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4 Prudent Procedures Of Restorative Dentistry Used For Kids

Restorative dentistry is a field of dentistry that deals with the diagnosis, prevention, and treatment of oral disorders. It's an important part of dental science as it focuses on preserving natural teeth and replacing those beyond saving. As parents, we want nothing but the best for our children, so learning more about prudent procedures and preventive measures used to maintain their oral hygiene will help them have healthy smiles now and later in life! This blog post mainly looks at how pediatric restorative dentistry should be practiced to ensure children get optimal dental care while also maintaining a safe environment in the dentist's office.

What are the most common pediatric restorative procedures?

We have come up with detailed information about the four common pediatric restorative procedures you can get at Joyful Smiles Pediatric Dentistry.


A pulpotomy is performed to restore the infected baby (primary) teeth in kids. Most commonly, untreated tooth decay causes baby teeth to become infected (cavities). This occurs when the cavity destroys the outer layer of the tooth and then attacks the soft pulp inside your kid's teeth. Since this pulp is full of nerves, it frequently results in severe pain and discomfort. However, oral trauma can lead to teeth infection too. If your child slips and falls and cracks or breaks a tooth, harmful bacteria can enter the inside of the tooth and cause an infection. Therefore, it is always vital to go for professional emergency dental care if your kid faces an oral injury.

No matter how the infection happens, the outcome is the same. Over time, the bacteria in your kid's mouth will attack the pulp inside the tooth, ultimately killing the blood vessels and nerves inside the tooth. If you don't seek assistance, your child's tooth will eventually die and fall out.

As mentioned before, a pulpotomy is used to prevent the loss of teeth due to infection. A pediatric dentist will open up your kid's tooth and remove the damaged and infected pulp from the upper part of the tooth. After that, any tooth pulp that is still present will be given specific medication to help prevent infection. The procedure is considered to be over when your kid's tooth is protected with a crown or a filling.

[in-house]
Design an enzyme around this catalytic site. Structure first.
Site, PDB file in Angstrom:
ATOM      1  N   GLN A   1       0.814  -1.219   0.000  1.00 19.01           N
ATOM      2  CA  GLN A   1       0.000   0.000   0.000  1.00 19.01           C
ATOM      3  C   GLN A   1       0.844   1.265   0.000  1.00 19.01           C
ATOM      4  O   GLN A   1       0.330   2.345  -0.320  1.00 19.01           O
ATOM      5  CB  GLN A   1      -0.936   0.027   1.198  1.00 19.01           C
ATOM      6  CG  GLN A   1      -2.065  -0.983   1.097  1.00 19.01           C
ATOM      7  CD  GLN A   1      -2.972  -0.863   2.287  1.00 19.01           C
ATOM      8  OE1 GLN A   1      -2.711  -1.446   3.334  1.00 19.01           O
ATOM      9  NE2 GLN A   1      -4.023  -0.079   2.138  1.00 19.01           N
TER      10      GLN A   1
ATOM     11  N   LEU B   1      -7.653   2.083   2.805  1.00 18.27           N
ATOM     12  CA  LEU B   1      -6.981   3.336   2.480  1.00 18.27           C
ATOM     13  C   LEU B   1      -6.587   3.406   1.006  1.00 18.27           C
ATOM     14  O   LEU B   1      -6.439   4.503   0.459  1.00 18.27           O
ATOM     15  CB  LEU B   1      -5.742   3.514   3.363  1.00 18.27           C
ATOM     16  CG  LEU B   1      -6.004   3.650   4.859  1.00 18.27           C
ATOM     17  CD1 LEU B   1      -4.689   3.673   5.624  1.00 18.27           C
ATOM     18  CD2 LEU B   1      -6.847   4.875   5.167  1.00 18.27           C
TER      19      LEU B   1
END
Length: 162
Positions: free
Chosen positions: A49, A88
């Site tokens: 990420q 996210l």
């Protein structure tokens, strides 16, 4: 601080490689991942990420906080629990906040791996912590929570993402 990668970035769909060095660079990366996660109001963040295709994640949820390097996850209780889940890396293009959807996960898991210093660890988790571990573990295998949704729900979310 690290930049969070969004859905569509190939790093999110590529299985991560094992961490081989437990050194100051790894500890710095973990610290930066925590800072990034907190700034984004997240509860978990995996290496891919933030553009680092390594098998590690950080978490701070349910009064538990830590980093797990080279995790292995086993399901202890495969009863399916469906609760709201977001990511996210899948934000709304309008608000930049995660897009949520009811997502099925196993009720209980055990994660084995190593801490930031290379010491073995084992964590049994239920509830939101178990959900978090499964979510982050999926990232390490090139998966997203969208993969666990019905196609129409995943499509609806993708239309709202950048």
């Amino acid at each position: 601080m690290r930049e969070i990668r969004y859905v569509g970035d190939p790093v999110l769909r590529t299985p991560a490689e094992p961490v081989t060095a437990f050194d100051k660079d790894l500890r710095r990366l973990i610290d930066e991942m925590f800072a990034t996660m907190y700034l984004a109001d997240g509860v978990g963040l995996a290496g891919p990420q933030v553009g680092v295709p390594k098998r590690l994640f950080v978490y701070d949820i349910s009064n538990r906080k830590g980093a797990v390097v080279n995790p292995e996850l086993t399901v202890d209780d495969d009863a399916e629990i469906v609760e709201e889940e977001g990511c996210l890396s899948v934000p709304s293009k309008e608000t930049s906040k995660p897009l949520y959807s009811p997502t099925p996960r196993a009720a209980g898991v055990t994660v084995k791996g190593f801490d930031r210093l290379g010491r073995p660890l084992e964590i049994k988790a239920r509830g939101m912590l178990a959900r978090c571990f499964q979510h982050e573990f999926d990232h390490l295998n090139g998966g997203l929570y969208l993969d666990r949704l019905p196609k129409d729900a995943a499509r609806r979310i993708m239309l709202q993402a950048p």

Silver stainless steel crowns or White Crowns

Pediatric restorative dentistry offers many choices for dental crowns, including silver stainless steel and white crowns. Silver stainless steel crowns are an economical choice for pediatric patients who have a primary molar that is infected or broken, often due to trauma. On the other hand, white crowns can be used for both baby and permanent teeth when a more esthetic option is needed. Both silver stainless steel and white crowns offer numerous benefits, such as protection from decay, superior strength and durability, increased bite pressure tolerance, and improved esthetics over time. As pediatric dentists continue to innovate in pediatric restorative dentistry, parents have the peace of mind that they are making the best decisions on behalf of their child's oral health needs.

Silver or white fillings in a tooth or teeth

Pediatric restorative dentistry is one of the specialties within pediatric dentistry, and it's that branch that deals with repairing decayed or otherwise damaged parts of a pediatric patient's teeth. This can include placing silver and/or white fillings in a tooth or teeth for kids. White fillings, also known as composite fillings, are created from resin composite material. Silver amalgam fillings are produced from a combination of metals and mercury composite materials. In both cases, the pediatric dentist will select the filling type based on factors such as decay size, location, and estimated cost-effectiveness. Composite fillings cost slightly more than silver amalgam but may last longer over time due to their unique properties.

Extractions (removing teeth)

Tooth extraction is a surgical procedure often recommended by pediatric restorative dentists to restore the smile of kids with severely decayed or damaged teeth. While this procedure can sound scary, it's important to note that the pediatric dentist is experienced in this field and has special training to ensure your child remains comfortable. In fact, pediatric dental offices are usually designed to be less intimidating than regular dental offices, with colorful themes and fun decorations. Additionally, pediatric dentists routinely administer anesthesia or laughing gas for kids who may experience pain during extraction so that they feel calm and relaxed during their appointment. Ultimately, parents should trust that their pediatric dentist has their child's best interest in mind when recommending tooth extraction.

We hope you now clearly understand the four most important restorative dental procedures used in the case of kids. If you feel that your child is suffering from any dental problem, get in touch with a reliable pediatric dentist nearby.